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Electronic Imaging & Signal Processing

Reduction of phase fluctuations in swept-source optical coherence tomography

Errors in the detection of phase changes by optical coherence tomography can be reduced significantly by using volumetric recording of images and digital image-processing techniques.
13 January 2016, SPIE Newsroom. DOI: 10.1117/2.1201601.006291

Medical fields such as ophthalmology, neurology, and gastroenterology have benefited from the development of optical coherence tomography (OCT). In recent years there have also been reports of its use in engineering, for example, to examine ceramics,1 to measure particle sizes,2 to inspect quality in the paper industry,3 and to analyze cracks in lenses.4 In general, an OCT system comprises a Michelson-type interferometer illuminated by a near-IR laser light source, a photodetector, and a processing system (see Figure 1). When a sample is illuminated, the backscattered light carries information about the internal structure of the sample by means of its backscattering potential, which is approximated by a Fourier transform of the measured scattered field data.5 The backscattering amplitude is a complex function that provides information about changes in the phase and intensity of the objects being tested.

Figure 1. Schematic representation of an optical coherence tomography system.

OCT is an unusual technique, because the lateral and axial resolutions are independent of each other. The lateral resolution depends on the optics used for imaging, and the axial resolution depends on the wavelength bandwidth of the light source. The maximum lateral resolution reported is about 5μm, and the maximum axial resolution is about 10μm. The axial resolution can be calculated by dividing 2 ln(2)λ2 by πΔλ, where λ and Δλ are the central wavelength and bandwidth of the illuminating light, respectively. The lateral resolution can be calculated by dividing 4λf by πd, where d and f are the lateral diameter and focal length of the optical system objective, respectively.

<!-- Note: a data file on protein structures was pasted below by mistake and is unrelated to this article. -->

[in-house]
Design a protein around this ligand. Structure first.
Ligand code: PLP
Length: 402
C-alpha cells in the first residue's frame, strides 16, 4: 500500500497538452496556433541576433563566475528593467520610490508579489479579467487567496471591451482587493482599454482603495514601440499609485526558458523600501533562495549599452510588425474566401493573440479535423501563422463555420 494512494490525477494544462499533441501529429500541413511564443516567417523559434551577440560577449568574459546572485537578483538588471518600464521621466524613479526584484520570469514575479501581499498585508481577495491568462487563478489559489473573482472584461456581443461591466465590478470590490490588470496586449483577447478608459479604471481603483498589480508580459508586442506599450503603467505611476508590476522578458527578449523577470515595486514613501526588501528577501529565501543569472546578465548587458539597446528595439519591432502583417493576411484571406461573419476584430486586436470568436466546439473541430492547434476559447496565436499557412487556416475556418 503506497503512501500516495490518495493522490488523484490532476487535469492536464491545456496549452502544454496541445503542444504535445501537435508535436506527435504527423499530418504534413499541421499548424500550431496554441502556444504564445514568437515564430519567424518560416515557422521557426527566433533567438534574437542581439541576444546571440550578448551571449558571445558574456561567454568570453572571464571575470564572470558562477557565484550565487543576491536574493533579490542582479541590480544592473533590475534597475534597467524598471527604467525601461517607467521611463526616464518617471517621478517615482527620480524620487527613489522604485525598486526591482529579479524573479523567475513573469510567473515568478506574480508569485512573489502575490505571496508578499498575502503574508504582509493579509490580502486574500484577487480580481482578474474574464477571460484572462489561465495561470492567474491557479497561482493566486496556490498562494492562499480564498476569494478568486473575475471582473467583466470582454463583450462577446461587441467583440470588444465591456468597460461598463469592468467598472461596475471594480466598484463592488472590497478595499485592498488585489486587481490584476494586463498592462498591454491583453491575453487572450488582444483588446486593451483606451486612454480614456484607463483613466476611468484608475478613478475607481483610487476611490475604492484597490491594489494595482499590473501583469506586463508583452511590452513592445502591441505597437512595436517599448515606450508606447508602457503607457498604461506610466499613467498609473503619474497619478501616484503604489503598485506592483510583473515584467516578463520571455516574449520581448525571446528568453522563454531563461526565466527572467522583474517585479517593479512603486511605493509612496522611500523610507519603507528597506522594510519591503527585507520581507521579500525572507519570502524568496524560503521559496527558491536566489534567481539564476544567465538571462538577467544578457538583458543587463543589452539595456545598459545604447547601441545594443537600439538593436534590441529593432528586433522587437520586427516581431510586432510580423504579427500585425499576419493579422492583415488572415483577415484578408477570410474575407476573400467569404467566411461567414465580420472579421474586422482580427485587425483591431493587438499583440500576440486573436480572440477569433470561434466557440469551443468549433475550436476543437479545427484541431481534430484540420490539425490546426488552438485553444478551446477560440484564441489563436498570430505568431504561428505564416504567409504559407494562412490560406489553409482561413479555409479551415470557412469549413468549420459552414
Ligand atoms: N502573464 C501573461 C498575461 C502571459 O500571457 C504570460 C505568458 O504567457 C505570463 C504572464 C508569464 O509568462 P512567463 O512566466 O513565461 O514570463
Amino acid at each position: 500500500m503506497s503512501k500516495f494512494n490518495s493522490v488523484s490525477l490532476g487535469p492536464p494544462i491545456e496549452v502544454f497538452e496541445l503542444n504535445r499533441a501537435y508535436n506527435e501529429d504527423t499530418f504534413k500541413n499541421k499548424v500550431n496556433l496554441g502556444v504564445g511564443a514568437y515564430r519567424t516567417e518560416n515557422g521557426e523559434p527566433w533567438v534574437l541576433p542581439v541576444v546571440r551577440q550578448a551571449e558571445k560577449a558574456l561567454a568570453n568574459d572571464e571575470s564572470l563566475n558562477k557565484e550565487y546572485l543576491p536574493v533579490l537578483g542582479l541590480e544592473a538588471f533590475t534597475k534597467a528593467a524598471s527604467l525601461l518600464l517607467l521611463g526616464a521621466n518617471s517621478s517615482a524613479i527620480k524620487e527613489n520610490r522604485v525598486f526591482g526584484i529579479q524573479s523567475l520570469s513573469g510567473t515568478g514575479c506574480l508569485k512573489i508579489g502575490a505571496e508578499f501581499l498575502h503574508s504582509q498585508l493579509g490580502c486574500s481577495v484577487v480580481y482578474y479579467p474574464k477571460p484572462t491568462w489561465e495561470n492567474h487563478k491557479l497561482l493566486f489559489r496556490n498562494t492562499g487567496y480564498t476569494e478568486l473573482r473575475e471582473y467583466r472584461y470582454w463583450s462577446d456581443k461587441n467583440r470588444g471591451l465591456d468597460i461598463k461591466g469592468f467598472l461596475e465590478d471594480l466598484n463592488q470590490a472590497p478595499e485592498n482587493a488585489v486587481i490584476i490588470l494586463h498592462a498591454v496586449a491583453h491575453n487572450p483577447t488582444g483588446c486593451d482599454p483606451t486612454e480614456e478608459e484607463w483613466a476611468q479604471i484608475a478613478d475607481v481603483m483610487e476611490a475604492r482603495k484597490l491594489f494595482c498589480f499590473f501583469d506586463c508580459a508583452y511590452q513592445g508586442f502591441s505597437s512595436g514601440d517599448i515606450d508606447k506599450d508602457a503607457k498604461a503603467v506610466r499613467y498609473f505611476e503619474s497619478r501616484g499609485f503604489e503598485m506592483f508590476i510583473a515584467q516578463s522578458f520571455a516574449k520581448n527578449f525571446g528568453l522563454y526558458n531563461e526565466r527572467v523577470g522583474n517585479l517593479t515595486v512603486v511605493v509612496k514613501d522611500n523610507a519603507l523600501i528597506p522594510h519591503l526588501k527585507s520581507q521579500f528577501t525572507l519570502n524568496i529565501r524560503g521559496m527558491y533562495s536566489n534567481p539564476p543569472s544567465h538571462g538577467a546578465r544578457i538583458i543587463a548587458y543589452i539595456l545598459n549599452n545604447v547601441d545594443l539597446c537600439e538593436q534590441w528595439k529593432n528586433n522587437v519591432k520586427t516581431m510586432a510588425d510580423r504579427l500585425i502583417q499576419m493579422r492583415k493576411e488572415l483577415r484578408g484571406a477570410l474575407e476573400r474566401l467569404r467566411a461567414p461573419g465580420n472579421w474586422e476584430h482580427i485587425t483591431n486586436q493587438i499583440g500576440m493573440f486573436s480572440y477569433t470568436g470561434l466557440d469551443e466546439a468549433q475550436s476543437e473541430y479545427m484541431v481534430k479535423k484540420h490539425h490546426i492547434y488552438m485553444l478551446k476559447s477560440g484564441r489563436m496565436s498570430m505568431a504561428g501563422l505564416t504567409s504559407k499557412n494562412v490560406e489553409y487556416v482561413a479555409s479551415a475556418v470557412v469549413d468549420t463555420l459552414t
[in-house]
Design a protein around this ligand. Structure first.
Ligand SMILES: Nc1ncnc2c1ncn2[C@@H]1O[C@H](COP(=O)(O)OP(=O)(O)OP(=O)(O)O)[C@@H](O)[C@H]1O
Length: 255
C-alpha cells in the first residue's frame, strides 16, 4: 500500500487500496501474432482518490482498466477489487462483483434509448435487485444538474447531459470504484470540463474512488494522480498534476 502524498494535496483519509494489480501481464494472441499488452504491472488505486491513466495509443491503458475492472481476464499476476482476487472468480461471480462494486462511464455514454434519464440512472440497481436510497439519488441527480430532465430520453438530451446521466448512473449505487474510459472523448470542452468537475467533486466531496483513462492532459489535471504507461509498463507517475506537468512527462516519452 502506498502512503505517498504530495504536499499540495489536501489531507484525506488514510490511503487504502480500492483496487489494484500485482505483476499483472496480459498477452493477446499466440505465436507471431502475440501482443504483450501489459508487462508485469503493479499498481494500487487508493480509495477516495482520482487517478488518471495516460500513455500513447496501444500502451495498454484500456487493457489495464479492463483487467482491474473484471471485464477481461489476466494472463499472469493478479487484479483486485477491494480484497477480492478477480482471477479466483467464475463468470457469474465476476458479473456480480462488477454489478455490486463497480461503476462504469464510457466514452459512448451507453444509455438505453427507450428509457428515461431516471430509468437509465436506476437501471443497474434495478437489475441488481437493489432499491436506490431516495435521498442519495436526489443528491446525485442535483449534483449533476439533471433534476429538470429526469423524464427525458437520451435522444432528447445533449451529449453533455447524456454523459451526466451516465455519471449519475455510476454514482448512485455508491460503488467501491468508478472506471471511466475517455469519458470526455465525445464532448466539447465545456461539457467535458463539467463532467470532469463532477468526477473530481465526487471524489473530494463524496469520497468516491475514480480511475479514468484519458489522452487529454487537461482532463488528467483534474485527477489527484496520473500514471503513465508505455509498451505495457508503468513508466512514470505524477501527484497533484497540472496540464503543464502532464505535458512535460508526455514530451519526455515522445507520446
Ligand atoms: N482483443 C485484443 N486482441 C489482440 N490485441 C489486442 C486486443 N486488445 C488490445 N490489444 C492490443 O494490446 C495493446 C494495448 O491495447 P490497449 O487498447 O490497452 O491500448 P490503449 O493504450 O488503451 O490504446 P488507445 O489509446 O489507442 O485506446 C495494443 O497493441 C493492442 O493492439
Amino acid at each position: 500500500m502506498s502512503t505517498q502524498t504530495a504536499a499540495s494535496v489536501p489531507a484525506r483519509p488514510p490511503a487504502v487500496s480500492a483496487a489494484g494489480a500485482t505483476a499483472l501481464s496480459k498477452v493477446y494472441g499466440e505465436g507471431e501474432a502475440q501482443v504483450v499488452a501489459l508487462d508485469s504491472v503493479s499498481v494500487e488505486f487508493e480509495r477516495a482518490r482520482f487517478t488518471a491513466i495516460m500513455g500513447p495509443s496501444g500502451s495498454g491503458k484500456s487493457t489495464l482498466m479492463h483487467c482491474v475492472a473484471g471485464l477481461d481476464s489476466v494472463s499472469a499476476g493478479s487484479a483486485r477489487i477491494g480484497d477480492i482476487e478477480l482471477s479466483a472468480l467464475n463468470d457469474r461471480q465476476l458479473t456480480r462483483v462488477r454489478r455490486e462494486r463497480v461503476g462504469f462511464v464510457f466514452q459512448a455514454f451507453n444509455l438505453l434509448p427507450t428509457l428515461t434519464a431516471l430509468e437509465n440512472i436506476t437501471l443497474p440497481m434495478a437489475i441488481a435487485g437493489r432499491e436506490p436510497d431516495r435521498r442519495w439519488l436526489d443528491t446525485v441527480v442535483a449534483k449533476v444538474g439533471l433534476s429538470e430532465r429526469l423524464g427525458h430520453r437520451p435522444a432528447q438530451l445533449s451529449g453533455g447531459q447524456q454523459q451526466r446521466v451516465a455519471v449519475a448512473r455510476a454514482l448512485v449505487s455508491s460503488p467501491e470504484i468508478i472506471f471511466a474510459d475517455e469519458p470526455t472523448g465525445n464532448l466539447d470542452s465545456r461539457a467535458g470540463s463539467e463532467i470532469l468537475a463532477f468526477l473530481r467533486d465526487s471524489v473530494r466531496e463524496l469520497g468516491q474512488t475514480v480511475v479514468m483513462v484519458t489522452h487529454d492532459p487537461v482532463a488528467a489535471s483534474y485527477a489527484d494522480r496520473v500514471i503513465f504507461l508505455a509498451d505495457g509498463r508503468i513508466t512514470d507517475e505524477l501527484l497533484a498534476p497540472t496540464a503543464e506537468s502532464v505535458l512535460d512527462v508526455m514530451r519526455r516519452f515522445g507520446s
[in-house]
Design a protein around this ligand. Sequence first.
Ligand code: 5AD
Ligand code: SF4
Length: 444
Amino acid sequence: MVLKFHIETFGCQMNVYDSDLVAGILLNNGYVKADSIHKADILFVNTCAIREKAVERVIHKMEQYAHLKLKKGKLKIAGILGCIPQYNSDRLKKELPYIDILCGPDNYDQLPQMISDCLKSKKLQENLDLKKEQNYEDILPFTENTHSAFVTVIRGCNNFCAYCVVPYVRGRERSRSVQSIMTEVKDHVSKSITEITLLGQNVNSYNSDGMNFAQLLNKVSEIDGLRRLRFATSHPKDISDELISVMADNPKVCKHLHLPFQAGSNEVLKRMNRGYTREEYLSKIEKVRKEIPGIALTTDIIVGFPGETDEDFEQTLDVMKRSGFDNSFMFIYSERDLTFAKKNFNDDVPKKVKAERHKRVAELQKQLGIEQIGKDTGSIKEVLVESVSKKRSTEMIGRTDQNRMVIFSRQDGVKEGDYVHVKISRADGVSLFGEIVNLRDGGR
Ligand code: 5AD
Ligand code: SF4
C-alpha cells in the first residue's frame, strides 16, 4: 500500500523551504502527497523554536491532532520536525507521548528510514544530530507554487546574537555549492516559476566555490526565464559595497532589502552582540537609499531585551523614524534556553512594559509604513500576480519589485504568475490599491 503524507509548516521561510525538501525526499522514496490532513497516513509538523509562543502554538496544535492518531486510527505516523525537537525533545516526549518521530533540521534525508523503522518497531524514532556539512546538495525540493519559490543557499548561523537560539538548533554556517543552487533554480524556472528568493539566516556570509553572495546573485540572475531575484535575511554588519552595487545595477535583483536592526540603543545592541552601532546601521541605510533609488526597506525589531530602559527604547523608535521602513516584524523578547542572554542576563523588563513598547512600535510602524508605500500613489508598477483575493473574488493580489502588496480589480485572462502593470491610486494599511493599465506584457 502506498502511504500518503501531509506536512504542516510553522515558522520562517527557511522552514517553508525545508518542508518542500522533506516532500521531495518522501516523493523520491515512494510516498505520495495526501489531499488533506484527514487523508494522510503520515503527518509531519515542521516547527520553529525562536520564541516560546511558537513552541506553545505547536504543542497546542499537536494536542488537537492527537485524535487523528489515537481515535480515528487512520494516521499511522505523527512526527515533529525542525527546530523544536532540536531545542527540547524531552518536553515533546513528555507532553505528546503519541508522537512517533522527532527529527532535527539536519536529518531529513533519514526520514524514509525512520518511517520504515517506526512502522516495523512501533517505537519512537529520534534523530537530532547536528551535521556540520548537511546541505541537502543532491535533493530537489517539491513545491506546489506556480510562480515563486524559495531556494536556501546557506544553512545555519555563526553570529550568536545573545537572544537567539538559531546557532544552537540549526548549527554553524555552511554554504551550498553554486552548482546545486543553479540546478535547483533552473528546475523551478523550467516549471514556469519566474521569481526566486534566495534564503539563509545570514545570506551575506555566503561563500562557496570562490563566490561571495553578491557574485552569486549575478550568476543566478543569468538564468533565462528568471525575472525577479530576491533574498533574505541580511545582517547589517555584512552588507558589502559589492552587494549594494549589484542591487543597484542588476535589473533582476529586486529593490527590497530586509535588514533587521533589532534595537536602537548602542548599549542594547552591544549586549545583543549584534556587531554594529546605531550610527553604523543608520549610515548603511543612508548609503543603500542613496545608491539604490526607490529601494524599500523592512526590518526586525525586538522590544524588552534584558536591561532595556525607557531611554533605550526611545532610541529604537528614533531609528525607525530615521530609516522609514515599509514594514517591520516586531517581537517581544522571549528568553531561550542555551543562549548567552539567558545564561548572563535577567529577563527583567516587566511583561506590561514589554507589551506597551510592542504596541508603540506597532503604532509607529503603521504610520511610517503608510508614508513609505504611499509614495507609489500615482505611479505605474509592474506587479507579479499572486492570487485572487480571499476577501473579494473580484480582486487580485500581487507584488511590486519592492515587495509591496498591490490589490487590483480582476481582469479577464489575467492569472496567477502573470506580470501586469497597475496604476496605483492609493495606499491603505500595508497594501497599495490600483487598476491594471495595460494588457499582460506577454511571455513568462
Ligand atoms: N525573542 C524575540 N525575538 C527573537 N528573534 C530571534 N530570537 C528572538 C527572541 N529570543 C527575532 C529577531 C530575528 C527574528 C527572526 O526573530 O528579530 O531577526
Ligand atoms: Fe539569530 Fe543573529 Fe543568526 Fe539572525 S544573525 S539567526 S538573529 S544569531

OCT systems are divided into two types: spectral domain OCT and swept-source OCT (SSOCT). The first type collects information from multiple depths simultaneously by using a broadband source of light. The backscattered light is imaged onto an array detector by a spectrometer. On the other hand, SSOCT employs short-cavity lasers that are tuned rapidly by an electronically actuated Fabry-Pérot filter or a motor-driven grating filter. The spectrum is acquired by a single detector by temporally sweeping the source spectrum.6 SSOCT gives information about a single point in an A-scan. If scanner systems are used, areas can be analyzed via a 2D sectional view of the sample along (B-scan) or at right angles (C-scan) to the illumination direction, as can volumes. The original OCT systems were based on time domain OCT and used a broadband source of light with a reference arm in the interferometer, which was mechanically displaced to enable path-length scanning. In contrast, frequency domain OCT eliminates the need for this displacement.7